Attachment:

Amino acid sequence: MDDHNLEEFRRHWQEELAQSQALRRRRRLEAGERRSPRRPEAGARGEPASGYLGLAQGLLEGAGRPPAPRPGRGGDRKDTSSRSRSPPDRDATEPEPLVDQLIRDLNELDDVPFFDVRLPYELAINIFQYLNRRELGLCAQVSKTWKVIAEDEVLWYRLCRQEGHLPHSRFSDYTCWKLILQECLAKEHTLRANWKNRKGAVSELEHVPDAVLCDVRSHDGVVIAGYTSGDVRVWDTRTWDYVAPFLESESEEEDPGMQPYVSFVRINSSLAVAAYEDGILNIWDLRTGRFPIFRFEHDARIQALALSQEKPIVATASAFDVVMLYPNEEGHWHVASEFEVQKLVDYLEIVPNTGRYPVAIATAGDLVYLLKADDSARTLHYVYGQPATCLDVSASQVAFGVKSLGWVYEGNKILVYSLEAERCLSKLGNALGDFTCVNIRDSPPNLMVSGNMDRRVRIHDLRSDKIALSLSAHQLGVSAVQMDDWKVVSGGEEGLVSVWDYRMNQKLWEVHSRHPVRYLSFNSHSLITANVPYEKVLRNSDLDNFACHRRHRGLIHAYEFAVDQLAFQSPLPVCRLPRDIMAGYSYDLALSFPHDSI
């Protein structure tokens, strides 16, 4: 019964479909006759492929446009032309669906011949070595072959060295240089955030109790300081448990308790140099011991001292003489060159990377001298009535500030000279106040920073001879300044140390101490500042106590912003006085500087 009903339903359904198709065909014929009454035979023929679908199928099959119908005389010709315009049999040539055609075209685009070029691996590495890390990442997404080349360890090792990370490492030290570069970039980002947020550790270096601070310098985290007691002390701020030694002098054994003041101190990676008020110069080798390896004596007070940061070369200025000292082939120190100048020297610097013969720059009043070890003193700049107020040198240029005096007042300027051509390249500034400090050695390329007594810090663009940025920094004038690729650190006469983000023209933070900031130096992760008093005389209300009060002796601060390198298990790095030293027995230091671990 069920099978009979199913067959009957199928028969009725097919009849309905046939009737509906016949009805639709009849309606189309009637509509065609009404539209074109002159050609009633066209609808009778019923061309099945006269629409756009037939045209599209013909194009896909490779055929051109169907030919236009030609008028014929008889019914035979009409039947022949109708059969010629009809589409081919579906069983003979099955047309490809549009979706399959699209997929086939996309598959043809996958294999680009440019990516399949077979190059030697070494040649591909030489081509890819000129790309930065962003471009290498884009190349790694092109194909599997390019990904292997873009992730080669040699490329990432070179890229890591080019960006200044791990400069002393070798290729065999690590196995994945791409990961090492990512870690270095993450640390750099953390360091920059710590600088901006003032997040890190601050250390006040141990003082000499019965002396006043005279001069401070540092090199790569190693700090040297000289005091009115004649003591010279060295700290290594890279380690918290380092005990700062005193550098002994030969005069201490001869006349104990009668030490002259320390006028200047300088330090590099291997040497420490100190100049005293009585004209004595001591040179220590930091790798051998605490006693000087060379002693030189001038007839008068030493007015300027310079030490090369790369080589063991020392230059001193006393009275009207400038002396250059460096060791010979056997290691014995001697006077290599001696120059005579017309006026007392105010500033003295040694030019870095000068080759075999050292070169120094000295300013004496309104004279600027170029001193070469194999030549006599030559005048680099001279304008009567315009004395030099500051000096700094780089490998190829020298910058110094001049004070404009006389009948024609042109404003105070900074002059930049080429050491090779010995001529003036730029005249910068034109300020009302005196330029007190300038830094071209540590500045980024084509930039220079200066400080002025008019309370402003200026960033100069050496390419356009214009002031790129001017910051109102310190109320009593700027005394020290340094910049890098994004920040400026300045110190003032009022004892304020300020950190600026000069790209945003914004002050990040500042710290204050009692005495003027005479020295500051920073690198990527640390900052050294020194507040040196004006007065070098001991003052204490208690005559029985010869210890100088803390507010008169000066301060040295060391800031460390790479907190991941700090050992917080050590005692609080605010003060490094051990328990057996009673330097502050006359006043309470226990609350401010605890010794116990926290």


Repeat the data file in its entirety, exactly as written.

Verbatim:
Amino acid sequence: MDDHNLEEFRRHWQEELAQSQALRRRRRLEAGERRSPRRPEAGARGEPASGYLGLAQGLLEGAGRPPAPRPGRGGDRKDTSSRSRSPPDRDATEPEPLVDQLIRDLNELDDVPFFDVRLPYELAINIFQYLNRRELGLCAQVSKTWKVIAEDEVLWYRLCRQEGHLPHSRFSDYTCWKLILQECLAKEHTLRANWKNRKGAVSELEHVPDAVLCDVRSHDGVVIAGYTSGDVRVWDTRTWDYVAPFLESESEEEDPGMQPYVSFVRINSSLAVAAYEDGILNIWDLRTGRFPIFRFEHDARIQALALSQEKPIVATASAFDVVMLYPNEEGHWHVASEFEVQKLVDYLEIVPNTGRYPVAIATAGDLVYLLKADDSARTLHYVYGQPATCLDVSASQVAFGVKSLGWVYEGNKILVYSLEAERCLSKLGNALGDFTCVNIRDSPPNLMVSGNMDRRVRIHDLRSDKIALSLSAHQLGVSAVQMDDWKVVSGGEEGLVSVWDYRMNQKLWEVHSRHPVRYLSFNSHSLITANVPYEKVLRNSDLDNFACHRRHRGLIHAYEFAVDQLAFQSPLPVCRLPRDIMAGYSYDLALSFPHDSI
């Protein structure tokens, strides 16, 4: 019964479909006759492929446009032309669906011949070595072959060295240089955030109790300081448990308790140099011991001292003489060159990377001298009535500030000279106040920073001879300044140390101490500042106590912003006085500087 009903339903359904198709065909014929009454035979023929679908199928099959119908005389010709315009049999040539055609075209685009070029691996590495890390990442997404080349360890090792990370490492030290570069970039980002947020550790270096601070310098985290007691002390701020030694002098054994003041101190990676008020110069080798390896004596007070940061070369200025000292082939120190100048020297610097013969720059009043070890003193700049107020040198240029005096007042300027051509390249500034400090050695390329007594810090663009940025920094004038690729650190006469983000023209933070900031130096992760008093005389209300009060002796601060390198298990790095030293027995230091671990 069920099978009979199913067959009957199928028969009725097919009849309905046939009737509906016949009805639709009849309606189309009637509509065609009404539209074109002159050609009633066209609808009778019923061309099945006269629409756009037939045209599209013909194009896909490779055929051109169907030919236009030609008028014929008889019914035979009409039947022949109708059969010629009809589409081919579906069983003979099955047309490809549009979706399959699209997929086939996309598959043809996958294999680009440019990516399949077979190059030697070494040649591909030489081509890819000129790309930065962003471009290498884009190349790694092109194909599997390019990904292997873009992730080669040699490329990432070179890229890591080019960006200044791990400069002393070798290729065999690590196995994945791409990961090492990512870690270095993450640390750099953390360091920059710590600088901006003032997040890190601050250390006040141990003082000499019965002396006043005279001069401070540092090199790569190693700090040297000289005091009115004649003591010279060295700290290594890279380690918290380092005990700062005193550098002994030969005069201490001869006349104990009668030490002259320390006028200047300088330090590099291997040497420490100190100049005293009585004209004595001591040179220590930091790798051998605490006693000087060379002693030189001038007839008068030493007015300027310079030490090369790369080589063991020392230059001193006393009275009207400038002396250059460096060791010979056997290691014995001697006077290599001696120059005579017309006026007392105010500033003295040694030019870095000068080759075999050292070169120094000295300013004496309104004279600027170029001193070469194999030549006599030559005048680099001279304008009567315009004395030099500051000096700094780089490998190829020298910058110094001049004070404009006389009948024609042109404003105070900074002059930049080429050491090779010995001529003036730029005249910068034109300020009302005196330029007190300038830094071209540590500045980024084509930039220079200066400080002025008019309370402003200026960033100069050496390419356009214009002031790129001017910051109102310190109320009593700027005394020290340094910049890098994004920040400026300045110190003032009022004892304020300020950190600026000069790209945003914004002050990040500042710290204050009692005495003027005479020295500051920073690198990527640390900052050294020194507040040196004006007065070098001991003052204490208690005559029985010869210890100088803390507010008169000066301060040295060391800031460390790479907190991941700090050992917080050590005692609080605010003060490094051990328990057996009673330097502050006359006043309470226990609350401010605890010794116990926290």